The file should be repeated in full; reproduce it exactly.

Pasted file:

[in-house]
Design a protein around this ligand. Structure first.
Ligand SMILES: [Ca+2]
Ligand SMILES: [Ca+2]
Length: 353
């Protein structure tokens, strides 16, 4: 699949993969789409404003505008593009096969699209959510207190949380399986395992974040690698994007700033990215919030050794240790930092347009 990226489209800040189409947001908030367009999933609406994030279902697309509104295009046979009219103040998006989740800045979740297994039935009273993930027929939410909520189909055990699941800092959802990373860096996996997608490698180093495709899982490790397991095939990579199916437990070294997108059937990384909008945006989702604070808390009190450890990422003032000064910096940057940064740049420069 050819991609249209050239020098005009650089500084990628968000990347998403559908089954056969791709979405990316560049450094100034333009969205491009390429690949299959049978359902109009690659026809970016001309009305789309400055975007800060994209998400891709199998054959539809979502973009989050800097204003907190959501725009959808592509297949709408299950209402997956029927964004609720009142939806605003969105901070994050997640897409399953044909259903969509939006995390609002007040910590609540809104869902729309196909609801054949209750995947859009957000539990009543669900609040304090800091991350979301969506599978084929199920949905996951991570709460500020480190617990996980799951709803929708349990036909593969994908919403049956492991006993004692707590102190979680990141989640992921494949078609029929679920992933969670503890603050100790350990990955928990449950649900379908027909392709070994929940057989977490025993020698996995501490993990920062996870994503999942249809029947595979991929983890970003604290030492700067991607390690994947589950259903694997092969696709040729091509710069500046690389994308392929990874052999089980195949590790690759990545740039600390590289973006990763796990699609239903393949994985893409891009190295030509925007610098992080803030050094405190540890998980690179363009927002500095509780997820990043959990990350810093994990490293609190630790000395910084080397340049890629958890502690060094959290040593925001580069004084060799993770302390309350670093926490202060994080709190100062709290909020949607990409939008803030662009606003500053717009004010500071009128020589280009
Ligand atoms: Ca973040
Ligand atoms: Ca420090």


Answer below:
[in-house]
Design a protein around this ligand. Structure first.
Ligand SMILES: [Ca+2]
Ligand SMILES: [Ca+2]
Length: 353
């Protein structure tokens, strides 16, 4: 699949993969789409404003505008593009096969699209959510207190949380399986395992974040690698994007700033990215919030050794240790930092347009 990226489209800040189409947001908030367009999933609406994030279902697309509104295009046979009219103040998006989740800045979740297994039935009273993930027929939410909520189909055990699941800092959802990373860096996996997608490698180093495709899982490790397991095939990579199916437990070294997108059937990384909008945006989702604070808390009190450890990422003032000064910096940057940064740049420069 050819991609249209050239020098005009650089500084990628968000990347998403559908089954056969791709979405990316560049450094100034333009969205491009390429690949299959049978359902109009690659026809970016001309009305789309400055975007800060994209998400891709199998054959539809979502973009989050800097204003907190959501725009959808592509297949709408299950209402997956029927964004609720009142939806605003969105901070994050997640897409399953044909259903969509939006995390609002007040910590609540809104869902729309196909609801054949209750995947859009957000539990009543669900609040304090800091991350979301969506599978084929199920949905996951991570709460500020480190617990996980799951709803929708349990036909593969994908919403049956492991006993004692707590102190979680990141989640992921494949078609029929679920992933969670503890603050100790350990990955928990449950649900379908027909392709070994929940057989977490025993020698996995501490993990920062996870994503999942249809029947595979991929983890970003604290030492700067991607390690994947589950259903694997092969696709040729091509710069500046690389994308392929990874052999089980195949590790690759990545740039600390590289973006990763796990699609239903393949994985893409891009190295030509925007610098992080803030050094405190540890998980690179363009927002500095509780997820990043959990990350810093994990490293609190630790000395910084080397340049890629958890502690060094959290040593925001580069004084060799993770302390309350670093926490202060994080709190100062709290909020949607990409939008803030662009606003500053717009004010500071009128020589280009
Ligand atoms: Ca973040
Ligand atoms: Ca420090």